Gods, Goddesses, and Images of God
Publisher Augsburg Fortress Press
How were male and female deities understood in ancient Canaan and Israel? How was the Yahweh cult affected by religious and political features of Egypt, Assyria, and Canaan? Justifying the use of symbols and visual remains to investigate ancient religion, the authors reconstruct the emergence and development of the Yahweh cult in relation to its immediate neighbors and competitors.
The most important survey of the archaeological data, and especially the iconography, related to Israelite religion. [Full Review]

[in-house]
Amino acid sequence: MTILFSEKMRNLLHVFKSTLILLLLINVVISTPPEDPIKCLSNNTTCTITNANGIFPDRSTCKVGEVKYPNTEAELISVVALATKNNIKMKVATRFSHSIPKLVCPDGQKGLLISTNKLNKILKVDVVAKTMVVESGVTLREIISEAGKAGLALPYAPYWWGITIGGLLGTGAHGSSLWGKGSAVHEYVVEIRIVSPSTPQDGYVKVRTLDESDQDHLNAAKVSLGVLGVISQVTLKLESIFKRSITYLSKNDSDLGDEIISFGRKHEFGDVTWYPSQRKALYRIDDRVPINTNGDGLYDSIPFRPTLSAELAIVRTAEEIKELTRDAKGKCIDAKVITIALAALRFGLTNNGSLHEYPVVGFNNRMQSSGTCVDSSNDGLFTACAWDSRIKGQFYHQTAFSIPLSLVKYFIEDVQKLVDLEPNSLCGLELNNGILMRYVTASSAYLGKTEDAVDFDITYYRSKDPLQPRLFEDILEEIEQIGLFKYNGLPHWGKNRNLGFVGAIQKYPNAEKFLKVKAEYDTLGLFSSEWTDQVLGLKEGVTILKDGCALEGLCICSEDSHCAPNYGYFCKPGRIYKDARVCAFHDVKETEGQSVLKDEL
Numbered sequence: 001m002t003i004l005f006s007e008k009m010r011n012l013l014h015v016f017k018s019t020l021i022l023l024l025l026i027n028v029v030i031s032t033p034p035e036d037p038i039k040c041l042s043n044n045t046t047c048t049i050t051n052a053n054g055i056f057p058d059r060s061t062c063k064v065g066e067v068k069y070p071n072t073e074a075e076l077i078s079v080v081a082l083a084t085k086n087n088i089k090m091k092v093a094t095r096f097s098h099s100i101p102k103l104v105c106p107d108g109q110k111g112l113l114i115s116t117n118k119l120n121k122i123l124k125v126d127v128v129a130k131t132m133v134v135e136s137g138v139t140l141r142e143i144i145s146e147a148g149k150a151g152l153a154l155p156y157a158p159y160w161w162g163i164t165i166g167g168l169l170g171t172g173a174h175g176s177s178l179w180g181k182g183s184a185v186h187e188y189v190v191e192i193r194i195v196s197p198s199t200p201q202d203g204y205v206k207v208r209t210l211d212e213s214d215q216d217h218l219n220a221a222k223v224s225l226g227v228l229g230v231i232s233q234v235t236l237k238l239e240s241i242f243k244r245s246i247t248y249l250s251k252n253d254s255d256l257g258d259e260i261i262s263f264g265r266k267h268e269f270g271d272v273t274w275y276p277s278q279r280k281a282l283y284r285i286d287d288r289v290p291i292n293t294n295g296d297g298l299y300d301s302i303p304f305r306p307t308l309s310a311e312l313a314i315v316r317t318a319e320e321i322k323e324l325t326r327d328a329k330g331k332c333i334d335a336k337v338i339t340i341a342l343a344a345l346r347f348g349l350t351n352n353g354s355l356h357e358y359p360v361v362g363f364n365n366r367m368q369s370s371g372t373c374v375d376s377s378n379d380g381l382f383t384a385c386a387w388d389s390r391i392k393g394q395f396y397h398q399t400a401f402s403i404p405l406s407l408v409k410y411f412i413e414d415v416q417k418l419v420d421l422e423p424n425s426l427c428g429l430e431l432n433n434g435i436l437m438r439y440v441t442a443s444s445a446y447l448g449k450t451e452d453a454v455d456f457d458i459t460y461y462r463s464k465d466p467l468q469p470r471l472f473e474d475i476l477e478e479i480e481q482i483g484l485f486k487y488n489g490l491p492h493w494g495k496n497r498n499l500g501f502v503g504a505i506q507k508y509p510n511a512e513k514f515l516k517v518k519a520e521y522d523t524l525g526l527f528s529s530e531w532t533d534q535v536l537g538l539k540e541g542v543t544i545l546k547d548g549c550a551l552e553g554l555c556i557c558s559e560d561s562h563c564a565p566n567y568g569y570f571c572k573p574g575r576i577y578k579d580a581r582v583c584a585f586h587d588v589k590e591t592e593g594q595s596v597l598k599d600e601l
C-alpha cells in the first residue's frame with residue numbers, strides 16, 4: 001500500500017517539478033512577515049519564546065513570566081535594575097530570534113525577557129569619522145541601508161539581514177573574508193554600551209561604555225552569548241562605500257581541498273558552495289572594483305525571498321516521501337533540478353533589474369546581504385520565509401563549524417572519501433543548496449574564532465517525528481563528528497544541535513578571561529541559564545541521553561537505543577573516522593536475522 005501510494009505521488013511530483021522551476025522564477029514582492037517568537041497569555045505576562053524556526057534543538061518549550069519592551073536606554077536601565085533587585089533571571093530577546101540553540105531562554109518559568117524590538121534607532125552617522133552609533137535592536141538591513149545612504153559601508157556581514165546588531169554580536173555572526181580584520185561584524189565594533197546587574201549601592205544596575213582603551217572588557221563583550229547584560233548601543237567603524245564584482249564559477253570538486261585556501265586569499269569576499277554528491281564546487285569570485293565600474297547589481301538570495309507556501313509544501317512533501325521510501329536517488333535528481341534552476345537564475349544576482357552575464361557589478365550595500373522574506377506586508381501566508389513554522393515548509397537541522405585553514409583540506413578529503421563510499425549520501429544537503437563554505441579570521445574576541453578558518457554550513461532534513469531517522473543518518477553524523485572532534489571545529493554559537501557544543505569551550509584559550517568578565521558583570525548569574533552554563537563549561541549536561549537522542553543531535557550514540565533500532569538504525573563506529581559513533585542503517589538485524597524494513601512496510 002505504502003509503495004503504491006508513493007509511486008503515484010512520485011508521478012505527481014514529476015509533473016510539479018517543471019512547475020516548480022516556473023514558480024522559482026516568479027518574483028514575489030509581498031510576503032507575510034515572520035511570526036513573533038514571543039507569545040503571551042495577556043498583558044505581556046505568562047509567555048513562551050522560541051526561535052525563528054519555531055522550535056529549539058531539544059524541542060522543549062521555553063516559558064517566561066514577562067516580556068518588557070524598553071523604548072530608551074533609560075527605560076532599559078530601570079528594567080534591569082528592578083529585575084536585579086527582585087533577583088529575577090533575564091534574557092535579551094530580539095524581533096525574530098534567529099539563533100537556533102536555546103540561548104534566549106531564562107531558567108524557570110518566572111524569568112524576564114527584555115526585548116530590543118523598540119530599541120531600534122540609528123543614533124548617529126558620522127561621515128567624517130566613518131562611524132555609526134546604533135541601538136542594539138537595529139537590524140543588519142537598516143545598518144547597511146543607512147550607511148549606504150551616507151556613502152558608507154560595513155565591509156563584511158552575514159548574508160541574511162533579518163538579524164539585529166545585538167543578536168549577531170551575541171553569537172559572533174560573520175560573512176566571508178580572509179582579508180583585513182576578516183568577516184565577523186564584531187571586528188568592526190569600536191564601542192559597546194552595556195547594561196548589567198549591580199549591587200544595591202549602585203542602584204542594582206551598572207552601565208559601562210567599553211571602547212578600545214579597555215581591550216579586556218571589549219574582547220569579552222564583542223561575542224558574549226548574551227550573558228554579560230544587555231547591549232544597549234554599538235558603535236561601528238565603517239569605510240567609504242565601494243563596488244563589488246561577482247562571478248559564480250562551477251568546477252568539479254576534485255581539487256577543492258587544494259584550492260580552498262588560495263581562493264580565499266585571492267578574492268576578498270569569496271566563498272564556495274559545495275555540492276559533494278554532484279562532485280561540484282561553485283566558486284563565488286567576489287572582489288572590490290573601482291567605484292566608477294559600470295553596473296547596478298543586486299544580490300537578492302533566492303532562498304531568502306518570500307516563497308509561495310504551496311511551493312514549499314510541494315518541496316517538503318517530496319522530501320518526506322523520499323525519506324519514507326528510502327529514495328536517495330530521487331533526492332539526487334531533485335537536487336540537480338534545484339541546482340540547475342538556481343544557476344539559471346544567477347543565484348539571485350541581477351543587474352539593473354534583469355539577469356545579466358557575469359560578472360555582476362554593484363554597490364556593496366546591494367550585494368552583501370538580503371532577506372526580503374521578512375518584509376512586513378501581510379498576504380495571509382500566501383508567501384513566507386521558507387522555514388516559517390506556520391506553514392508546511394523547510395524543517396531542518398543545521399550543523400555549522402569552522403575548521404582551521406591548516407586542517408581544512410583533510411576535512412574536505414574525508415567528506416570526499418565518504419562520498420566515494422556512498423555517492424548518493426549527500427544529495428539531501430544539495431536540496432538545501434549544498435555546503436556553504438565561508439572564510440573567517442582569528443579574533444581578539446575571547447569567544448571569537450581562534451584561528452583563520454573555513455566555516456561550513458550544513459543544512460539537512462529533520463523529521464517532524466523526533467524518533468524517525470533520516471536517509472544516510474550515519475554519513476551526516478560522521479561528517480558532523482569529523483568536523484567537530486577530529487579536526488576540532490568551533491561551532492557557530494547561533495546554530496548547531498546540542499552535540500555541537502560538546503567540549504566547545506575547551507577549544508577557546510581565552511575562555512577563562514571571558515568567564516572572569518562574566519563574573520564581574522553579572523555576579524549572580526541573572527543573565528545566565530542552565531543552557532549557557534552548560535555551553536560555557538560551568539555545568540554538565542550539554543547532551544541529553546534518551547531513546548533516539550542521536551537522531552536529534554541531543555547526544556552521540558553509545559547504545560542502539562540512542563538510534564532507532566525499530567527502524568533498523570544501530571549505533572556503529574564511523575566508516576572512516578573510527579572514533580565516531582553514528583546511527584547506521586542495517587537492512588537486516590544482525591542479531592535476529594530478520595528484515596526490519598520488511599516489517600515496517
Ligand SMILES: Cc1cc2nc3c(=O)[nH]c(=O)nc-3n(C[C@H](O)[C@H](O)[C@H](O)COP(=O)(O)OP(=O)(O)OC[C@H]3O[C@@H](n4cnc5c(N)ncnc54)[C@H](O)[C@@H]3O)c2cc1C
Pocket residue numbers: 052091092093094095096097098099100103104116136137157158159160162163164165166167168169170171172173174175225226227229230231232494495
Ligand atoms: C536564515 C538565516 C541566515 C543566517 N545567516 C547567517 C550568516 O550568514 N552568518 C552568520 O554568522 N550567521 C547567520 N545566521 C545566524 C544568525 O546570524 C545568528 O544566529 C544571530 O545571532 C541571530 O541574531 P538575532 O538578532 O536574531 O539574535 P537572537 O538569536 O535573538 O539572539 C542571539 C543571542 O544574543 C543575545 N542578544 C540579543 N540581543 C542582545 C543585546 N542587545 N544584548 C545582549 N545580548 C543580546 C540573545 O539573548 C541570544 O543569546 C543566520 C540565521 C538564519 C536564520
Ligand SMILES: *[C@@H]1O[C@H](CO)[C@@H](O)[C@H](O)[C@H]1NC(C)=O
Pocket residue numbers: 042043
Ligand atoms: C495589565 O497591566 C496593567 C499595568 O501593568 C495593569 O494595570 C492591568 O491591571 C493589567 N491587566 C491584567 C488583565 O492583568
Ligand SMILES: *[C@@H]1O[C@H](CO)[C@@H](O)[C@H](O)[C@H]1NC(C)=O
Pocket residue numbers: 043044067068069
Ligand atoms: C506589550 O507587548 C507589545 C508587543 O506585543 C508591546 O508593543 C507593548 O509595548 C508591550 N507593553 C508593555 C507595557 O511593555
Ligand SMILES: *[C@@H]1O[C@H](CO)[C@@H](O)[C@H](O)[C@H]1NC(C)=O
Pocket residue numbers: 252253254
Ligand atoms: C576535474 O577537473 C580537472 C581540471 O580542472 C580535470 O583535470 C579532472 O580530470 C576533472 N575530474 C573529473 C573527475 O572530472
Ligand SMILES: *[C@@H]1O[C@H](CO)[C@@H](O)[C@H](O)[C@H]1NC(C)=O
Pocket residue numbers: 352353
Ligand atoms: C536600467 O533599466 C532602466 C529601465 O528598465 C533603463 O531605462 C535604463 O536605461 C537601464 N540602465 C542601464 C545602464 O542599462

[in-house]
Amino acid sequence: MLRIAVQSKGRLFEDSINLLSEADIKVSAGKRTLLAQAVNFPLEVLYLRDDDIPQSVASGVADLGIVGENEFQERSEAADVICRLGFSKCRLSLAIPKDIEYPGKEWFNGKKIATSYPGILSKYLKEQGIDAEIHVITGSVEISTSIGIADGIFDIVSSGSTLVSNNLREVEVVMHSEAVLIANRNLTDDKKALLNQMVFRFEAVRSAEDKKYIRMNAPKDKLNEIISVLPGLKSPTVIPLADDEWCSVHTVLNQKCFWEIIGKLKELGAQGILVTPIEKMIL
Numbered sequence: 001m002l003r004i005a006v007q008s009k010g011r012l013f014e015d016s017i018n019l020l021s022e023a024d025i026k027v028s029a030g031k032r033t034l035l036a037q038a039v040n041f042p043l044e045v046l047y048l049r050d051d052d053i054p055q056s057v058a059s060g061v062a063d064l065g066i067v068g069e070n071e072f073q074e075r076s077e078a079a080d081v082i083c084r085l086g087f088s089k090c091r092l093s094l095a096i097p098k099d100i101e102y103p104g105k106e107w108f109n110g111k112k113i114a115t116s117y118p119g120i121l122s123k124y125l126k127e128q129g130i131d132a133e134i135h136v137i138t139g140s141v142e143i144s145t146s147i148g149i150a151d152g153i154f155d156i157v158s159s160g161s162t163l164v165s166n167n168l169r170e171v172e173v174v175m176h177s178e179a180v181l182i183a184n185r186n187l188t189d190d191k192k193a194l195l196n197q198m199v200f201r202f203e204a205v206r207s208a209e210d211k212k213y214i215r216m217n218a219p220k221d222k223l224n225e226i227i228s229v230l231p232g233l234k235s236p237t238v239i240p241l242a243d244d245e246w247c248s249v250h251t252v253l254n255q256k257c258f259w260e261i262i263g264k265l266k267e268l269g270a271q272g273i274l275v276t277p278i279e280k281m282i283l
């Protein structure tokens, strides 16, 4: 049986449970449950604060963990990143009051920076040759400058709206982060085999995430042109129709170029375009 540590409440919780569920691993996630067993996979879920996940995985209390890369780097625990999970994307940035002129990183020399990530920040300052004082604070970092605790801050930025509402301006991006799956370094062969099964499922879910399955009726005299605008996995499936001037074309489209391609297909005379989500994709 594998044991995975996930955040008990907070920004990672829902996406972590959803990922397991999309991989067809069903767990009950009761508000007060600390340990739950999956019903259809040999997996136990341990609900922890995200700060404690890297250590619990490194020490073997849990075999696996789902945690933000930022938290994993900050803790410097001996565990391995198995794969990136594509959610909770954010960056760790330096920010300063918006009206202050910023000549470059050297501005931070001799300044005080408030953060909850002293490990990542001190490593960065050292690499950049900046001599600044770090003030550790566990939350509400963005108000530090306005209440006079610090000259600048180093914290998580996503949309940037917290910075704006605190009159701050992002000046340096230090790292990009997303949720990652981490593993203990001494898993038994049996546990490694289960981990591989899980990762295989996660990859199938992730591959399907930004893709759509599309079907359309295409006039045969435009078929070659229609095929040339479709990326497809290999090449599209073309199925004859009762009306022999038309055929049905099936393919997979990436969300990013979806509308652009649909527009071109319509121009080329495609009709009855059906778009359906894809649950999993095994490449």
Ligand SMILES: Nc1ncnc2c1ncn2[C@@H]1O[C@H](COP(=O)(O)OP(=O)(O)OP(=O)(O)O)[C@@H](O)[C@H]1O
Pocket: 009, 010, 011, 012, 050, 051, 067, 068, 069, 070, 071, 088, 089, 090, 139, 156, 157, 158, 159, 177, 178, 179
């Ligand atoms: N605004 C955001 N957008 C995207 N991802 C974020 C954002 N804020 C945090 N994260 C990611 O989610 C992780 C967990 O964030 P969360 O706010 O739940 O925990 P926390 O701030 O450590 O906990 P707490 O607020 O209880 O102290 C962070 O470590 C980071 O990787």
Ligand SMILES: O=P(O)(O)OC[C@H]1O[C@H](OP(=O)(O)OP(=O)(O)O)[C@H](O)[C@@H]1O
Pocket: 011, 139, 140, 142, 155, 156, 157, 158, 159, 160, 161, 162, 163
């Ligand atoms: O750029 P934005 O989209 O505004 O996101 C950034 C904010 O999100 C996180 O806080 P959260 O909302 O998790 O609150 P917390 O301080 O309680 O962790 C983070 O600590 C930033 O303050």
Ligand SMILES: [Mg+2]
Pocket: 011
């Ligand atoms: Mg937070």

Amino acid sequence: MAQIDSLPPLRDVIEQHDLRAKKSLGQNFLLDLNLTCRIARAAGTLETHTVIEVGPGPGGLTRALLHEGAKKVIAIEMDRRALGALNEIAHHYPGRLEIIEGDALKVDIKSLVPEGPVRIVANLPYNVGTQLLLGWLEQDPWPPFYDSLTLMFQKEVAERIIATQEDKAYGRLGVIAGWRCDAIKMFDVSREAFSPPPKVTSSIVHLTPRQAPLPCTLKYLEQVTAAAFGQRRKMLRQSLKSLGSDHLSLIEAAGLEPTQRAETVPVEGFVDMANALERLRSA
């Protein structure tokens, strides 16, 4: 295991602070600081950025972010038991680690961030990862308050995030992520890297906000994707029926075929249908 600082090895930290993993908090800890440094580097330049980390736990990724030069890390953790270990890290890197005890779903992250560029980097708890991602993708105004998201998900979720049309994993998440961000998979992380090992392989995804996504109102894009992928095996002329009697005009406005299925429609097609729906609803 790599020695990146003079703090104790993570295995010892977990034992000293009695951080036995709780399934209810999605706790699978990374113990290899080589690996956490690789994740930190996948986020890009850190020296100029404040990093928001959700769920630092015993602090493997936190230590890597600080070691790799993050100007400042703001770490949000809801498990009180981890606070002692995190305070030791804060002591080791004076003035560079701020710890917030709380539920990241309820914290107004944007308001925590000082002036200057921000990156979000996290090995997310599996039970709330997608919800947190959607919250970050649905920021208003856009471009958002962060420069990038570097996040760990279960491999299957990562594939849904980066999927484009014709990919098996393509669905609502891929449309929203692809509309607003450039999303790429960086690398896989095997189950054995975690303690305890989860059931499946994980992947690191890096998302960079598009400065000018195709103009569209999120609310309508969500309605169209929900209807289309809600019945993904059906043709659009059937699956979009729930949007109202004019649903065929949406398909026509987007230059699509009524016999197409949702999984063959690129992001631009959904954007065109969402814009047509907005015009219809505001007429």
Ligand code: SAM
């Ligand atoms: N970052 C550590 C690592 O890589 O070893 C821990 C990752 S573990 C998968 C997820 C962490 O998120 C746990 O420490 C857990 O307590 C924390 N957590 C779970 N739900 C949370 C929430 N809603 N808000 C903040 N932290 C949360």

Minneapolis: Fortress Press, 1998. Pp. x + 465, Cloth, No Price Available, ISBN 080062789X. Raz Kletter Israel Antiquities Authority and the University of Haifa Haifa, Israel The book appeared first in German in 1992. It opens with a short introduction (chaps. I-II), followed by discussion according to periods, from MB II B to the Iron Age III (1800-450 BC). Most of the space is devoted to the Iron Age II (pp. 133-372). Summary and conclusions (chap. X) are followed by useful indexes and a rich bibliography. The text is accompanied by many drawings; those who intend to study the material further should seek originals, since line drawings are already an interpretation. The authors state that their aim is to supplement "conventional text oriented approaches" with iconographic sources (p. ix), not to offer a synthesis of the history of Syro-Palestinian religions. This contradicts the rest of the book, where the emphasis is put on reconstruction of religious history (pp. 1, 3-4, 210, 248, 394, 396), and the authors' definition of the work as "religio- historical study" (pp. 372, 374). The basic questions (pp. 1-4) are not about iconography and archaeology, but about Biblical theology: "Was preexilic Israel polytheistic? Did Yahweh have a consort?" A brief review cannot portray all the issues treated in the book. In the MB IIB period (1800-1550 BC), the 'constellations' of the weather god and his consort, the naked Goddess, appear rather complete (the Goddess is related to lions, caprids, trees, branches, doves, etc.). The divine pair appears equal in status. The LB Age (1550-1200 BC; chap. IV), under an Egyptian control, forms a sharp break: male warrior deities become dominant in the official religion. There are no pairs of deities and the female Goddess is suppressed; her representations are limited to inexpensive images (mainly "plaque figurines"), related with house- or private- cult. [Full Review]